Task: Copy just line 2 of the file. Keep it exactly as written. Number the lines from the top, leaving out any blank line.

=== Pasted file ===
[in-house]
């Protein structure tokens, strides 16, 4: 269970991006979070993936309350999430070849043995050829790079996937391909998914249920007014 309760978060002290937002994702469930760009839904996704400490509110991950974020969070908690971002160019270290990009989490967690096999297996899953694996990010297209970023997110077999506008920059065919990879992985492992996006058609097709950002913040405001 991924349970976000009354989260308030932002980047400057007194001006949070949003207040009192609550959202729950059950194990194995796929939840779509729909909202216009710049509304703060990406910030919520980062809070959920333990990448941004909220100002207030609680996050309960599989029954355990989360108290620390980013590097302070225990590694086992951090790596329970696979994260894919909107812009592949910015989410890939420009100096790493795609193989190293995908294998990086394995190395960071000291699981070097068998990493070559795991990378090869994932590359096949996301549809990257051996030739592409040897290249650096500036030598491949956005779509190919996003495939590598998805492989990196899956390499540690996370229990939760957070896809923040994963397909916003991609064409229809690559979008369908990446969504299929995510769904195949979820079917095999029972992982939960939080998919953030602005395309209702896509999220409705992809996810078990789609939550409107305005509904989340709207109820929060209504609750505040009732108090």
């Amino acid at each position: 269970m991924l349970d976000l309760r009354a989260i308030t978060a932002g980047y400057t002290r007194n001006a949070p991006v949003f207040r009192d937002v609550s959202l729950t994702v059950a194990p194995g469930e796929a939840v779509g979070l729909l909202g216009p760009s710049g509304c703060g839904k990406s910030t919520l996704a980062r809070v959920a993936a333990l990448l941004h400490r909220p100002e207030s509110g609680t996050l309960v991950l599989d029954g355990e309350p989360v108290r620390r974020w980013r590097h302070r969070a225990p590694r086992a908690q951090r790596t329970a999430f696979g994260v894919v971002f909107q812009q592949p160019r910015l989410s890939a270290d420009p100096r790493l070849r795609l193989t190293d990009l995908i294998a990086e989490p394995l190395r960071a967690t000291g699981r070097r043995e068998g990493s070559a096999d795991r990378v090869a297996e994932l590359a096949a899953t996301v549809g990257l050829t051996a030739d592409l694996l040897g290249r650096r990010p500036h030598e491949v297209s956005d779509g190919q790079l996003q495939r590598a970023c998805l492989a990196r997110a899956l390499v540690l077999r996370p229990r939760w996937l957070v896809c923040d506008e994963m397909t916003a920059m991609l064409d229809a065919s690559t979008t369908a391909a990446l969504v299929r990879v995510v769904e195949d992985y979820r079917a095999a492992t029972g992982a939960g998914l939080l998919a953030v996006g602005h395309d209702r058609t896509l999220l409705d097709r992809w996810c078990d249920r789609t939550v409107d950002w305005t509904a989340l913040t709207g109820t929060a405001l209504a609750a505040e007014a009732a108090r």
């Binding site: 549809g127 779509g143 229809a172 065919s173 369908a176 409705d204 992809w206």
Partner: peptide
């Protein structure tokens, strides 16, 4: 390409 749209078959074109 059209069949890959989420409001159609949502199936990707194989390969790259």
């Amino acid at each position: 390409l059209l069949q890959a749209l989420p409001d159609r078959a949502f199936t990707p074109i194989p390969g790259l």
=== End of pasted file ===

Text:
């Protein structure tokens, strides 16, 4: 269970991006979070993936309350999430070849043995050829790079996937391909998914249920007014 309760978060002290937002994702469930760009839904996704400490509110991950974020969070908690971002160019270290990009989490967690096999297996899953694996990010297209970023997110077999506008920059065919990879992985492992996006058609097709950002913040405001 991924349970976000009354989260308030932002980047400057007194001006949070949003207040009192609550959202729950059950194990194995796929939840779509729909909202216009710049509304703060990406910030919520980062809070959920333990990448941004909220100002207030609680996050309960599989029954355990989360108290620390980013590097302070225990590694086992951090790596329970696979994260894919909107812009592949910015989410890939420009100096790493795609193989190293995908294998990086394995190395960071000291699981070097068998990493070559795991990378090869994932590359096949996301549809990257051996030739592409040897290249650096500036030598491949956005779509190919996003495939590598998805492989990196899956390499540690996370229990939760957070896809923040994963397909916003991609064409229809690559979008369908990446969504299929995510769904195949979820079917095999029972992982939960939080998919953030602005395309209702896509999220409705992809996810078990789609939550409107305005509904989340709207109820929060209504609750505040009732108090």